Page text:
Finding you in that room changed my life and stirred my soul. You had been waiting a long time, when the librarian showed me back to a large public meeting room and opened the door. There were some large colorized prints of the neighborhood places hanging around the room on the wall, and you were featured in one of the images. It was the coolest thing I had ever happened upon.
Regarding architecture, the Tillotson family's saying is "Don't build it for looks, build it bully for stout." This comes from T.L. Tillotson, my wife's grandfather. Even though I never met him, I have a great deal of respect for him.
The Mesta Park historic renovation is moving ahead. Rain caused some delays, but the foundation was finally poured. Over the last few weeks, I have gathered some photos on-site, and I wanted to share an update before the work progressed too far.
Last time we shared the list of work items included in the Scope of Work for the application for Certificate of Authority (CA). After leaving from our initial meetings with the City’s Historic Preservation (HP) staff and Code Enforcement inspector, we had a plan. Since the deadline to submit for that month’s HP Commission meeting was very close at hand, we submitted a partially completed application. Thank you for the nice trick HP staff! We were ready to get the ball rolling.
Completing the historic preservation review process and earning your first certificate of appropriateness may sound a little tedious but it doesn't have to be. Taking the right approach, the process can be straightforward and instructive while providing a neat lesson on your community’s traditional building methods. Earning a certificate of appropriateness (COA) for the Mesta Park project involved a learning curve but we were rewarded with a distilled understanding of the process - one that should ring true in any community.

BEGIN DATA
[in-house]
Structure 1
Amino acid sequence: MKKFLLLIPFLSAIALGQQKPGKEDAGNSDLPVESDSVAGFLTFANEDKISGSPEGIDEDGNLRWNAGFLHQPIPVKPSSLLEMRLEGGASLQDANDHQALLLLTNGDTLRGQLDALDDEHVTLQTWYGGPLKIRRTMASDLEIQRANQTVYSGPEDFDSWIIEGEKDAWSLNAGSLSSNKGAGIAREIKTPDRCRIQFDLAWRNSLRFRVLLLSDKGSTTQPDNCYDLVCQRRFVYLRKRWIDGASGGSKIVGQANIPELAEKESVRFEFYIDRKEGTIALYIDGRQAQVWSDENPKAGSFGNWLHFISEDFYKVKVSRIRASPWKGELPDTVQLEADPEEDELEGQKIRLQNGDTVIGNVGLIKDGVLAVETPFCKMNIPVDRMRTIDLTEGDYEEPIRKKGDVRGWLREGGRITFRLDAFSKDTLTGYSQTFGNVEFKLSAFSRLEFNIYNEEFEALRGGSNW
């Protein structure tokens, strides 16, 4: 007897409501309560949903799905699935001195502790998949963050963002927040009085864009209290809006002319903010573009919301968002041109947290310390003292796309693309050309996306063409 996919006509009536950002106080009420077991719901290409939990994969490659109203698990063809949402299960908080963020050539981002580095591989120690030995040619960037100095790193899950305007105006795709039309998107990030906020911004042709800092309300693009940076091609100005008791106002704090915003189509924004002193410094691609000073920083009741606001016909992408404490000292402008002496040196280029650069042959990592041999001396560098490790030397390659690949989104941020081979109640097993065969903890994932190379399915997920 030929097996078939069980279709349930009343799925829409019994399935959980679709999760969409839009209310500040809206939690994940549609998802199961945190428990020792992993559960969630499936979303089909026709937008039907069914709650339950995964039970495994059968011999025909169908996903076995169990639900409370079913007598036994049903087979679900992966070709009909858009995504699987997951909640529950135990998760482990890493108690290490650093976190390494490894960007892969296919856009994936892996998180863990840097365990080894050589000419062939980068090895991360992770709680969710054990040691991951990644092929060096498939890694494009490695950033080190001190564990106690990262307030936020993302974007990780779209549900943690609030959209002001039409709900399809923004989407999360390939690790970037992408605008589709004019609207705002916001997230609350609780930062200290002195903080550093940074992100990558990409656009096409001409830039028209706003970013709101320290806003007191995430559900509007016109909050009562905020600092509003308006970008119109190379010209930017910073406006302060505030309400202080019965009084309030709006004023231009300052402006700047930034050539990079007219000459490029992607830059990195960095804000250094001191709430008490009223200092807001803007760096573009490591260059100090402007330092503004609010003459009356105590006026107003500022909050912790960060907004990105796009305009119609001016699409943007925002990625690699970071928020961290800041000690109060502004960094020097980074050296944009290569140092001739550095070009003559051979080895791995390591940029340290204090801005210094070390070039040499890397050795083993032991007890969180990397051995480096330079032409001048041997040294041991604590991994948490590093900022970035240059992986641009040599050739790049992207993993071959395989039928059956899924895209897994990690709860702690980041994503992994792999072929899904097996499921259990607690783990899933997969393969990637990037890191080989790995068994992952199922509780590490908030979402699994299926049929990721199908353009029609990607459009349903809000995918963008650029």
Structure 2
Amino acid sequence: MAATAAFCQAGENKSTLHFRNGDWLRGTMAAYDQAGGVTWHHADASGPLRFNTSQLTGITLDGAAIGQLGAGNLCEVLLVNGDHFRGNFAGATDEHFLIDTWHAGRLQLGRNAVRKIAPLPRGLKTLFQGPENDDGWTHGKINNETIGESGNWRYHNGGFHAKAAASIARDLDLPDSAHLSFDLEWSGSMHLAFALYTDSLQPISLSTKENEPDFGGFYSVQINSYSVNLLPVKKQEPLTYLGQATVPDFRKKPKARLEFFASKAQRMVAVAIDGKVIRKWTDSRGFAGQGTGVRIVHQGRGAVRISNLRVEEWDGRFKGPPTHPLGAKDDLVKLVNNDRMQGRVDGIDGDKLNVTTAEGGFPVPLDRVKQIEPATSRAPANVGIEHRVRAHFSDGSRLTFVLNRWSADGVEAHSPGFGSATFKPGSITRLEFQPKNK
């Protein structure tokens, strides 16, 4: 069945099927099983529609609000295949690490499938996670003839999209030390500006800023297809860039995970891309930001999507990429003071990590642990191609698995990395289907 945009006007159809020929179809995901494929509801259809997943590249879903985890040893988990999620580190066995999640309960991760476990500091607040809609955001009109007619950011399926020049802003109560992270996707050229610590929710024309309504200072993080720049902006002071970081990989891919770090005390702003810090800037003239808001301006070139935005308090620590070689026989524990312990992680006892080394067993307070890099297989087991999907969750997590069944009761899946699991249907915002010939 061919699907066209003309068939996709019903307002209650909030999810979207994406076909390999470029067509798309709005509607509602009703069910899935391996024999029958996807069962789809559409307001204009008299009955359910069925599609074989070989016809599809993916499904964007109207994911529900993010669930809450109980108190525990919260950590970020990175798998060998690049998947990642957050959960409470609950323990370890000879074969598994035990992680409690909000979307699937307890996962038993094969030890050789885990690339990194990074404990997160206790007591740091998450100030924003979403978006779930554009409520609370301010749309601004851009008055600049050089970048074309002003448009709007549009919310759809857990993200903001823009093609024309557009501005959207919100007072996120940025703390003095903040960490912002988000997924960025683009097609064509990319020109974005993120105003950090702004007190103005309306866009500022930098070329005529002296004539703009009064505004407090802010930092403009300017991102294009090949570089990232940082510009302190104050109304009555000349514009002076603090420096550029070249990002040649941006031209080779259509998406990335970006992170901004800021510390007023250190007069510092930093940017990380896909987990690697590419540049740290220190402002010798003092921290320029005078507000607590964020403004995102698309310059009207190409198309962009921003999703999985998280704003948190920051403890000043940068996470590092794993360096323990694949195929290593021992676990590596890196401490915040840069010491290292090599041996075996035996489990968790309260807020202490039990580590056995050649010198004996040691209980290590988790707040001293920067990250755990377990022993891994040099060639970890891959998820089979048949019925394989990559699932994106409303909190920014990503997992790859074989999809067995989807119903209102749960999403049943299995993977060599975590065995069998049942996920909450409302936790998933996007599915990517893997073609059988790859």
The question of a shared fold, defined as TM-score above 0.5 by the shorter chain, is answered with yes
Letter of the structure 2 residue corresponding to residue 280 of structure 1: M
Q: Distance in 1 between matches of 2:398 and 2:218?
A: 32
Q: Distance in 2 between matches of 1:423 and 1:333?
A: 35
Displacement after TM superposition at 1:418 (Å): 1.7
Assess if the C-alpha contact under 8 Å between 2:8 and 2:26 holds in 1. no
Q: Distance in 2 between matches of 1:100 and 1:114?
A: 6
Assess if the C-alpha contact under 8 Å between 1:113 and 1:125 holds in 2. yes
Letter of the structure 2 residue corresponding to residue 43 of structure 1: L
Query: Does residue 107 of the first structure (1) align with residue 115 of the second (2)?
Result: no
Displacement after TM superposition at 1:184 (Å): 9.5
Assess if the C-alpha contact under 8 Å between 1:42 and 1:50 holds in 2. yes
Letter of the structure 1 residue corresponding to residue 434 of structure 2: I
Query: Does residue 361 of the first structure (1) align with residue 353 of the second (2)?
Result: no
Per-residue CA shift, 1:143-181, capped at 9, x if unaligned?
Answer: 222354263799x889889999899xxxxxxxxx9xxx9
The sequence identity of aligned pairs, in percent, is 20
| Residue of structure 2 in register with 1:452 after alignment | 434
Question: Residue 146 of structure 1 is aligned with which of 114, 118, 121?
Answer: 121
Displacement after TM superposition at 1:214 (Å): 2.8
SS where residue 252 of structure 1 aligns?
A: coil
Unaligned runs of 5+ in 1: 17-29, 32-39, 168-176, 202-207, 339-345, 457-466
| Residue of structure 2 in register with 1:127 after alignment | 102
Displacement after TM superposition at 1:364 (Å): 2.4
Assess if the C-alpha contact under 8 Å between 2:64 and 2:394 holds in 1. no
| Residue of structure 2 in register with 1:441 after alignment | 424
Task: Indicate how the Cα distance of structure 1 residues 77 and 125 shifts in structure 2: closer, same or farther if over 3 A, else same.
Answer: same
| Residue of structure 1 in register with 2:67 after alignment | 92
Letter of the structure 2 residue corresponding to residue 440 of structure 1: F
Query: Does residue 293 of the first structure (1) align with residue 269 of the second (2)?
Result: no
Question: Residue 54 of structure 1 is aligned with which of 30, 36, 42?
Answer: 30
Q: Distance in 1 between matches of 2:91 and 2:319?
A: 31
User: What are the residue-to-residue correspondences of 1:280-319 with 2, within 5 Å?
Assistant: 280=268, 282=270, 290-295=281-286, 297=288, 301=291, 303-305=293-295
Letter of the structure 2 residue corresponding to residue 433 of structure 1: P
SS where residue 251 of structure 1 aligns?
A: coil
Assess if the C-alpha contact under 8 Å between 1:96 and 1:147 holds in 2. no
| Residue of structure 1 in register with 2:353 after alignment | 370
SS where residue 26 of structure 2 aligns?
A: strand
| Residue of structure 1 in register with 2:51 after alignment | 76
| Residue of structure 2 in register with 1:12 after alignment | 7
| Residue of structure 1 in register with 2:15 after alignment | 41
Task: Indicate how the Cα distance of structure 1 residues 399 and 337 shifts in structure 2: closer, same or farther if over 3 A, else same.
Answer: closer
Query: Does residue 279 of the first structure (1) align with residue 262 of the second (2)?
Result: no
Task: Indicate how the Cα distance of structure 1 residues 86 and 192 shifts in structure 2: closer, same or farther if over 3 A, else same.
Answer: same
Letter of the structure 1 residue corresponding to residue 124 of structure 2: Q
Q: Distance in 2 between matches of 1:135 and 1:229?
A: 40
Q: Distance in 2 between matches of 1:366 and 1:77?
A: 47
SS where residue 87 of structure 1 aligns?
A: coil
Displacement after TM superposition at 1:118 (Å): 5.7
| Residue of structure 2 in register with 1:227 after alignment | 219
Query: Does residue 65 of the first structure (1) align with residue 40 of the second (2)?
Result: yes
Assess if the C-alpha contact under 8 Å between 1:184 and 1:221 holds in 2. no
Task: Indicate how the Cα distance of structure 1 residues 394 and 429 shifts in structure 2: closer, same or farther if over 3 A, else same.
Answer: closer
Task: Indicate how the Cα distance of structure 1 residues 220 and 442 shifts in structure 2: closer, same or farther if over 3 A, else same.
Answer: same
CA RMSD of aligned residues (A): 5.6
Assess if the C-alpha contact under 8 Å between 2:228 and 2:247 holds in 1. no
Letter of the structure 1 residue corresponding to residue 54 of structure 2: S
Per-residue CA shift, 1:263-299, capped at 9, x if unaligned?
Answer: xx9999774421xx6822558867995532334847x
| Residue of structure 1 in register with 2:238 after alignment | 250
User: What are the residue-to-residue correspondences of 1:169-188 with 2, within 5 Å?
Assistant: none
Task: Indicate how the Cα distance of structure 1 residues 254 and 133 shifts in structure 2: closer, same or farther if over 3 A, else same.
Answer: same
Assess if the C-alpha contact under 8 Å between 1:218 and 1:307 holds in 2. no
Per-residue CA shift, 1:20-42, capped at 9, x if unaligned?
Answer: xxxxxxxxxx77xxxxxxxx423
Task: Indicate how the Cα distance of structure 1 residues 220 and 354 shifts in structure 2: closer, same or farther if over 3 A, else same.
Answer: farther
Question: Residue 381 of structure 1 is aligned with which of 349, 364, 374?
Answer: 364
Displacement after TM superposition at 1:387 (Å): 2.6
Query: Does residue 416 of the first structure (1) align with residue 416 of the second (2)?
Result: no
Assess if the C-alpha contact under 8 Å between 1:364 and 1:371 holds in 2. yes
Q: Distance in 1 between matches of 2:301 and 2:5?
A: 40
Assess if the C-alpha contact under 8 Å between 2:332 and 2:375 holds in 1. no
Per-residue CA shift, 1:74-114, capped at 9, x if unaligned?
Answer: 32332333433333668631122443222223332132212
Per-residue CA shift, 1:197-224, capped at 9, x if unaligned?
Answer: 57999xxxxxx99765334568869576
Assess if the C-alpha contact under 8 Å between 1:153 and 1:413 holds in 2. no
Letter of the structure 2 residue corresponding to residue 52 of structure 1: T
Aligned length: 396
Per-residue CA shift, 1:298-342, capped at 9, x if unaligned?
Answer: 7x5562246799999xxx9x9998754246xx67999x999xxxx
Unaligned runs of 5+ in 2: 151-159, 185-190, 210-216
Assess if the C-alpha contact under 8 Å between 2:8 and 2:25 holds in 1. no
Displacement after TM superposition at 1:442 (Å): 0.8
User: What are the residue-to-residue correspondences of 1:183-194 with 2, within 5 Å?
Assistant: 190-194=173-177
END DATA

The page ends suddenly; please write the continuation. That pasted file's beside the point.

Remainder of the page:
Last week began a series on renovating the worst house on the block in Oklahoma City's historic Mesta Park neighborhood. Once the property was purchased, the new owners and I met to conduct a damage assessment and form a game plan. Delayed maintenance, inappropriate materials/retrofits, and apathy are three plagues upon under-appreciated historic properties, and this one suffered from all three!
But, what the home lacked in physical condition it made up for in location. This neighborhood and its surrounding walk-shed are becoming more revitalized and vibrant by the day. At the center of the neighborhood lies Pearle Mesta Park. You can see this common green space and the the well-maintained children's play equipment from the front porch. Score!
When some close friends bought the worst home on the block in an up-and-coming historic district, they called me. They are a wonderful young couple that has made their business breathing new life into older, often neglected homes. Even though they had remodeled dozens of other properties before, this historic home renovation was going to be their toughest one yet.
“Larry we are thinking of buying a 1926 residence in Mesta Park. It has loads of potential, but man, it’s rough!”
This is week 4 - and the last post in our series - covering Oklahoma City’s first shipping container residence. Last week we looked at our unique foundation design, touched on shipping container anatomy, and looked at container modifications. I shared information about the homeowner/developer and his website. This week we are picking up where we left off and doing something special.
This week, I wanted to share an in-person interview with Josh McBee, our shipping container homeowner and owner of High Cube Industries, LLC.
This is week three covering Oklahoma City’s first shipping container residence. In last week's post we looked at how the home was positioned on the site, peeked at some interior pictures, and discussed the concepts of both minimalism and rightsizing. Whew!